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A new biotechnology effective in blocking the multiplication of SARS-CoV-2

@B. Nicolas INRAE
More than 600 million people have been infected with SARS-CoV-2 since 2020. Vaccines limit severe forms of the disease but do not block the spread of the virus. Several strategies are therefore being developed in parallel, including blocking the multiplication of the virus in the nose. This is what scientists from the VIM unit (UMR INRAE-UVSQ), in collaboration with EnvA and the University of Paris-Saclay, have succeeded in doing. They have selected and used proteins that prevent the virus from attaching and limit its multiplication. These promising results were published on September 6 in the journal PLOS Pathogens.

SARS-CoV-2 infection begins in the nasal cavity. It multiplies abundantly there and then spreads to the surrounding environment. But it can also spread to the lungs, where it causes the most severe pathologies. Blocking its multiplication in the nasal cavity would therefore make it possible to curb the infection and potentially the spread of the virus at an early stage.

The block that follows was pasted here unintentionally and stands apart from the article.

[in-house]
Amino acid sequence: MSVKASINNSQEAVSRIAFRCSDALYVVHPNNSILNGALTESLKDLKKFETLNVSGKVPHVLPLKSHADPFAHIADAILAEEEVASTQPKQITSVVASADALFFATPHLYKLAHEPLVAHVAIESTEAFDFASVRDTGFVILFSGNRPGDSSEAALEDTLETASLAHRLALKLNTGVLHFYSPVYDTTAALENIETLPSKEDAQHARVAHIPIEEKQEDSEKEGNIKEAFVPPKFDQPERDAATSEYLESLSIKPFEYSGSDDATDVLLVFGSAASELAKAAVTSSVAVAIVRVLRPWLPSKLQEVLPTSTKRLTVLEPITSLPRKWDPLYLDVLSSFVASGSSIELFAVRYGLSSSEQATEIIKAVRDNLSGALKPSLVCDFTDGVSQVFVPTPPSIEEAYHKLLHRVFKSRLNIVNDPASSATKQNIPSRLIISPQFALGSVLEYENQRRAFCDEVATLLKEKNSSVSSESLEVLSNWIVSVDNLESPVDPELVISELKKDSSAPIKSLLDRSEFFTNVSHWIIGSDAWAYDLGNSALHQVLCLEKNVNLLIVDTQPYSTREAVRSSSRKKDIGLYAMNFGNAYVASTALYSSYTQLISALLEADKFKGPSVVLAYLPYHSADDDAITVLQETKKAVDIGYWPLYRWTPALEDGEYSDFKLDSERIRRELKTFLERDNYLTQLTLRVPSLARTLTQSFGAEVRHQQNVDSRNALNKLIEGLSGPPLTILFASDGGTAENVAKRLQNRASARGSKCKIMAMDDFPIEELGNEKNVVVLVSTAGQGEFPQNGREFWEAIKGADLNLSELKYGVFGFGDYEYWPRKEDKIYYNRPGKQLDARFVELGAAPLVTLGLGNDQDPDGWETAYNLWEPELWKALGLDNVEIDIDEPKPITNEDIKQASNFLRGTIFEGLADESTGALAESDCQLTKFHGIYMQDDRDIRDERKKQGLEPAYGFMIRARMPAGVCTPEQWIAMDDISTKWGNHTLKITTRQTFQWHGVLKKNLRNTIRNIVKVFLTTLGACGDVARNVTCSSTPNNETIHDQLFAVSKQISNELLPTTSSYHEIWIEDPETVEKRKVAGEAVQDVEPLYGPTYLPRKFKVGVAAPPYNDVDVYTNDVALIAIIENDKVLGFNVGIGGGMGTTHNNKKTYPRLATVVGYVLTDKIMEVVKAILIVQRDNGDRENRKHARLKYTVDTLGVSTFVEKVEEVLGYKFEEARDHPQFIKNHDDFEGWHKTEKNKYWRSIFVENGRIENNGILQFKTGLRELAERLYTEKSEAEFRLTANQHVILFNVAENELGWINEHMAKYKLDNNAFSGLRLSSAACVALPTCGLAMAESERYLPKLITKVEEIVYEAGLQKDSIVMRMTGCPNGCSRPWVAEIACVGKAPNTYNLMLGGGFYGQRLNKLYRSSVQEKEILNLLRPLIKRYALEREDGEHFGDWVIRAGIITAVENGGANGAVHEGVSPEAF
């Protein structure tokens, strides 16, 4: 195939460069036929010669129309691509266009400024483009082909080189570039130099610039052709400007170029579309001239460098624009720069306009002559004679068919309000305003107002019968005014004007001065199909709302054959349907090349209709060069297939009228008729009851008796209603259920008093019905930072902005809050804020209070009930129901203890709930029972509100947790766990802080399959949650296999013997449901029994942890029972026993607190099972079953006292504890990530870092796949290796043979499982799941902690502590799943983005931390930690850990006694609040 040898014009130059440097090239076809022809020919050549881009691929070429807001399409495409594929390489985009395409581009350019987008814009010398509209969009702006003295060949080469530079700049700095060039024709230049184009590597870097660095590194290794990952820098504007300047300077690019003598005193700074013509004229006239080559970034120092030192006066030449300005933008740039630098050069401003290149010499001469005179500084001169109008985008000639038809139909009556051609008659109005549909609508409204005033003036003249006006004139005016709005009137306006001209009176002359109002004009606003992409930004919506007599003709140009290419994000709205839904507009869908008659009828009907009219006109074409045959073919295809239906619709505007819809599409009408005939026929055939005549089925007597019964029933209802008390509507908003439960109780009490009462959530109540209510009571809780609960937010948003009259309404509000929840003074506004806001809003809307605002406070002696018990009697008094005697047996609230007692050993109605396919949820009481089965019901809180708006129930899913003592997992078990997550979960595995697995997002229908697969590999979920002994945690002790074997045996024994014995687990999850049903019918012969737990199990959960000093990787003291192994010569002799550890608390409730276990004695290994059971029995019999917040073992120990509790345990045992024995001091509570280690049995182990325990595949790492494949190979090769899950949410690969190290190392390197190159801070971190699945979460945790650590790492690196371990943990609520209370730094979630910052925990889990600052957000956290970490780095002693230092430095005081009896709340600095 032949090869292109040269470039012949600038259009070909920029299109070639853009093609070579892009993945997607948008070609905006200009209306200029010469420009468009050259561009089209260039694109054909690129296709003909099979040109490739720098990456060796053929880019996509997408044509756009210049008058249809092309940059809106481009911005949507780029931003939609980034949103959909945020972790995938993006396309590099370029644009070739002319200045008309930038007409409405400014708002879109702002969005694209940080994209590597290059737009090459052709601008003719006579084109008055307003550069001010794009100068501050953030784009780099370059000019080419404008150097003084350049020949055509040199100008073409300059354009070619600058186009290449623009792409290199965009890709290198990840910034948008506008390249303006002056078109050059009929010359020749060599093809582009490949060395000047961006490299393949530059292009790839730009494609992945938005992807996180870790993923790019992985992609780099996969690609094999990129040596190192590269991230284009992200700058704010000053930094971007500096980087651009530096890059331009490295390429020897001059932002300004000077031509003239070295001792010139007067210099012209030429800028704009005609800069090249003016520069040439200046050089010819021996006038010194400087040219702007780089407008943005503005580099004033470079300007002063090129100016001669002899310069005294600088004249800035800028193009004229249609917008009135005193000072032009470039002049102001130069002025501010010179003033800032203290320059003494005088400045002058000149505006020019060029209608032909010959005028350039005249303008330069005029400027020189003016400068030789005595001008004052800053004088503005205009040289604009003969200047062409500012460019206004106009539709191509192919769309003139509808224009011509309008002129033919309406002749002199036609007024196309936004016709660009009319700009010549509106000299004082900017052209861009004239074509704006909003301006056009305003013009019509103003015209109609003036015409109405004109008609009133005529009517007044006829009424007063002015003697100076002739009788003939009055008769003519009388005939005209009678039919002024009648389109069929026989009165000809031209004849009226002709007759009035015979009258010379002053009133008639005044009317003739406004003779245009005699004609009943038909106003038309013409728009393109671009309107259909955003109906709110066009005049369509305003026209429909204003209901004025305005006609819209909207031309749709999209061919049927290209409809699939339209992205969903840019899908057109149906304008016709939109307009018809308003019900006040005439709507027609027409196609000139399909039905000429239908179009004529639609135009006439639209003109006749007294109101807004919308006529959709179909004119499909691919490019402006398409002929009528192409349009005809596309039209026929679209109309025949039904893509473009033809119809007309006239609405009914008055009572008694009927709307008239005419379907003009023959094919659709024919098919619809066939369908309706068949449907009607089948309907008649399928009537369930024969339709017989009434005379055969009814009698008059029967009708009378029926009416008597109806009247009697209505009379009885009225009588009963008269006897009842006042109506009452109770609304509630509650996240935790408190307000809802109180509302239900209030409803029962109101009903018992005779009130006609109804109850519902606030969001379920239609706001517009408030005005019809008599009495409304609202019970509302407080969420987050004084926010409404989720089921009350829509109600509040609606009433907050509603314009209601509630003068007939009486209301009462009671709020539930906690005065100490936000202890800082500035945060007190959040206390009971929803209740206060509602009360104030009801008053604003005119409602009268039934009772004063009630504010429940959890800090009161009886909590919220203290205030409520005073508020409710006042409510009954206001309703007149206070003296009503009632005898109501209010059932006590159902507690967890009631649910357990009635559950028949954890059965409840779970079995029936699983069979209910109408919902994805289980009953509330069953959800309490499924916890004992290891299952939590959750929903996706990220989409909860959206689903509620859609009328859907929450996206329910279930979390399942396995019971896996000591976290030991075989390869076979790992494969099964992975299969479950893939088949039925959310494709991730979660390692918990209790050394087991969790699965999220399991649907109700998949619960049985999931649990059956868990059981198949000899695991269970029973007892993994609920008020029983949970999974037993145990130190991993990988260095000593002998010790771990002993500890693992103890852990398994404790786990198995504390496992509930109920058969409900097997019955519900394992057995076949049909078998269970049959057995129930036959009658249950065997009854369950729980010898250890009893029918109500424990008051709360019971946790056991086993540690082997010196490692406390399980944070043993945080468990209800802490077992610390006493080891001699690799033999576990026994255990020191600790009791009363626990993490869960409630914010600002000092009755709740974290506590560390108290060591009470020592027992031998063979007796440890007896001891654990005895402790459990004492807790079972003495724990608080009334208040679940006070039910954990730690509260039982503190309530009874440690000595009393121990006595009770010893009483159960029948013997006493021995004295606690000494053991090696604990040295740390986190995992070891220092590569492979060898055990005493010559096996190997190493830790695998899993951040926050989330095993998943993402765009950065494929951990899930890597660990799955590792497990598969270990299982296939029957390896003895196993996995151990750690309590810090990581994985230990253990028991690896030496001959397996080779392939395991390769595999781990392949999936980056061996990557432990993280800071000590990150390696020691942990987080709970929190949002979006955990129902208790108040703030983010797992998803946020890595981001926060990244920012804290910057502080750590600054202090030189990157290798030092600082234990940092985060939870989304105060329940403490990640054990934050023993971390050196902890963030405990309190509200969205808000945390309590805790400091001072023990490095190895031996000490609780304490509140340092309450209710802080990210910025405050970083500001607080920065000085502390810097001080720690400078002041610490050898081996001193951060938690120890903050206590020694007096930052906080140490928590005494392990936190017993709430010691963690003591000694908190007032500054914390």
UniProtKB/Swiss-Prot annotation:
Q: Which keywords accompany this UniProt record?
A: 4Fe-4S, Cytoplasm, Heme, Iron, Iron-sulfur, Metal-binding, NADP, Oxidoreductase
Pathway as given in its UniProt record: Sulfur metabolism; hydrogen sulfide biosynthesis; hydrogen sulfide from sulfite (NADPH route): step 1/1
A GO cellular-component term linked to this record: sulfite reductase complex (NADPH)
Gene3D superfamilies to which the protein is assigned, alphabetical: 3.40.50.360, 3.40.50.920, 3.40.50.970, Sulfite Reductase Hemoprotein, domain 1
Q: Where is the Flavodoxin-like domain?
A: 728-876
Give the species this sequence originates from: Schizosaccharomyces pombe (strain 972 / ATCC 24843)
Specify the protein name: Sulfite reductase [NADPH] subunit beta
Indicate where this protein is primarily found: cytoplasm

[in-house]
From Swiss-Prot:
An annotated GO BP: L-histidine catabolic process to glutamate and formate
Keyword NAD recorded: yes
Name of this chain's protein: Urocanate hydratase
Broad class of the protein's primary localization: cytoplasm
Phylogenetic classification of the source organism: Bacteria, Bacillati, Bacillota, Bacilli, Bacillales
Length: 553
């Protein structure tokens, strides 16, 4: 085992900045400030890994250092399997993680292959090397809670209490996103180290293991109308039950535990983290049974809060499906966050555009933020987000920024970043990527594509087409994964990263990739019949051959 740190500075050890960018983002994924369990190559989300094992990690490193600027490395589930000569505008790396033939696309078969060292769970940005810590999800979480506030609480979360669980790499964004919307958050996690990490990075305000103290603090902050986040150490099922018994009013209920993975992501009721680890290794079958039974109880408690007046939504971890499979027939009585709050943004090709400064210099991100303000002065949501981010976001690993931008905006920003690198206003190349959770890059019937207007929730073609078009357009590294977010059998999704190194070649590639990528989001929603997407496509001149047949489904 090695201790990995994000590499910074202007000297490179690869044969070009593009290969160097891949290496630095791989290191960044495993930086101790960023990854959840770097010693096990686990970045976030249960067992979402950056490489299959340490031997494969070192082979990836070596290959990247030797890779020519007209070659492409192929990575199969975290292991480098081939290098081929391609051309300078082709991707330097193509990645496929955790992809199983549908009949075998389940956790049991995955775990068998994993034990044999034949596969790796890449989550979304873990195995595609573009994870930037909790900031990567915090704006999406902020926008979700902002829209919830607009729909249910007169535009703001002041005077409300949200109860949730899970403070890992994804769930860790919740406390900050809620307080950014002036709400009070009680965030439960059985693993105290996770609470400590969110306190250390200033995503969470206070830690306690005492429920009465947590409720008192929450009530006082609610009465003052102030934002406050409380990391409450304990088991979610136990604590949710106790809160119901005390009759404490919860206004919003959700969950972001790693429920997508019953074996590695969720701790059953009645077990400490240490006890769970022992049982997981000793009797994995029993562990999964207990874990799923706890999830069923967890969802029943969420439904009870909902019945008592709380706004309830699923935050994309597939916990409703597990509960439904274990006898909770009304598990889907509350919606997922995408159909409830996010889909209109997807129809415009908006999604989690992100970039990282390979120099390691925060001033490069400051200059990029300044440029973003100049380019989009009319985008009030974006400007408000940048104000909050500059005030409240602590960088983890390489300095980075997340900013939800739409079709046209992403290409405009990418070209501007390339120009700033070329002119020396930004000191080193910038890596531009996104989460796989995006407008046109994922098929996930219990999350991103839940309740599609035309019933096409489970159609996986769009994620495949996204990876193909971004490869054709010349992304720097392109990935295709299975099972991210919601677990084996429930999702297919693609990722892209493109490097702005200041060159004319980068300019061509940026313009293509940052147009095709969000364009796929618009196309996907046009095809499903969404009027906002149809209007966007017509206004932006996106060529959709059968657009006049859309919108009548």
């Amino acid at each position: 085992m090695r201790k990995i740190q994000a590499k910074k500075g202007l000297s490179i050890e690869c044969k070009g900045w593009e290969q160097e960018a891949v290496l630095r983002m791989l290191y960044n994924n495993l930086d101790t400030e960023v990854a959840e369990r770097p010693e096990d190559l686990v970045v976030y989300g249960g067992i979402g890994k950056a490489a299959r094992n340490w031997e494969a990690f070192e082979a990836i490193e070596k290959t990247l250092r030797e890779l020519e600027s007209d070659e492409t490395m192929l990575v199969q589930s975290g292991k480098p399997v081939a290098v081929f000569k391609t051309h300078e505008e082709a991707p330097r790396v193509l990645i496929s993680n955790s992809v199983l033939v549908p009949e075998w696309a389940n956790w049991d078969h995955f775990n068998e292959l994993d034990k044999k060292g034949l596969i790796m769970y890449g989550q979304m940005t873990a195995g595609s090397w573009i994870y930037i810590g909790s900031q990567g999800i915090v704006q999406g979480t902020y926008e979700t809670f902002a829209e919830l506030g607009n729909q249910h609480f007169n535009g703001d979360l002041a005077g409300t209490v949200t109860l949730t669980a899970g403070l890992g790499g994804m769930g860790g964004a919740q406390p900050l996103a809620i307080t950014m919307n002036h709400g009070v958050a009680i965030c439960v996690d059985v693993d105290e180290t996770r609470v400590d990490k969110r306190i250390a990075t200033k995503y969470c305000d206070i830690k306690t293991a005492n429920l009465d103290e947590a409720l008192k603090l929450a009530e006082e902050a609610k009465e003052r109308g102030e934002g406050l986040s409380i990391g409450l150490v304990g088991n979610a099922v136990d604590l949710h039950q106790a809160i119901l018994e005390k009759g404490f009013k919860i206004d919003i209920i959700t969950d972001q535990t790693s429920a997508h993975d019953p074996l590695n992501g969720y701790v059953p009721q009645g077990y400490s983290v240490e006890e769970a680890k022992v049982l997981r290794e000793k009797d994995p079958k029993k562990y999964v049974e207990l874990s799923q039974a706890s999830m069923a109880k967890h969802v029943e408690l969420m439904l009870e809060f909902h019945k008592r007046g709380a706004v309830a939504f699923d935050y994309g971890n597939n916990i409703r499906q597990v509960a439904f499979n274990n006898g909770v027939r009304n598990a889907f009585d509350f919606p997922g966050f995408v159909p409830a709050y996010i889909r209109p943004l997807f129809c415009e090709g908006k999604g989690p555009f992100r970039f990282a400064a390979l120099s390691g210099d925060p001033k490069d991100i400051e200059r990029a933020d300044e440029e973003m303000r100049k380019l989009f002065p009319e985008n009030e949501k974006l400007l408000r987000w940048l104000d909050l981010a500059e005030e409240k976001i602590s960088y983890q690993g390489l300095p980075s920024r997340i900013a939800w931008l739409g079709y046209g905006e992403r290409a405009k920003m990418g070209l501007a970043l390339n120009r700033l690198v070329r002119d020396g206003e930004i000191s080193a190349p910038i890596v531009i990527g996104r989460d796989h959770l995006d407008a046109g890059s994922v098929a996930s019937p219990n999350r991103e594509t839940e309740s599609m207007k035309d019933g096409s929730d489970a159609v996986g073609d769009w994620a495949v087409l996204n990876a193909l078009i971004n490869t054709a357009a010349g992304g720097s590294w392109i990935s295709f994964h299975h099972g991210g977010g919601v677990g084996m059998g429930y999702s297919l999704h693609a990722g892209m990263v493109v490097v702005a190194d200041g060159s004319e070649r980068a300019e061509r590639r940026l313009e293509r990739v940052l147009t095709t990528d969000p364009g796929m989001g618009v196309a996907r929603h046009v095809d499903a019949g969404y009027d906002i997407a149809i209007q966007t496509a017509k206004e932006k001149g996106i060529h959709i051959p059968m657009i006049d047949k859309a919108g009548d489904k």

A consortium of scientists coordinated by INRAE has developed antivirals based on biosynthetic proteins, the AlphaReps. These biosynthetic proteins work like antibodies: they are able to recognize the virus' attachment protein, the Spike protein.

More specifically, the researchers selected two AlphaReps proteins, named F9 and C2. They each recognize a different part of the Spike protein with a very high affinity. The combination of the two allows a superior antiviral activity, including on Delta and Omicron variants.

In addition to their strong antiviral capacity, these AlphaReps are very stable and inexpensive to produce: two essential assets for their development. Promising results for the development of antivirals to reduce the pathology and spread of Covid-19.


See also

Press release INRAE


Thebault S, Lejal N, Dogliani A, Donchet, A, Urvoas A, Valerio-Lepiniec M, et al. (2022) Biosynthetic proteins targeting the SARS-CoV-2 spike as anti-virals. PLoS Pathog 18(9): e1010799.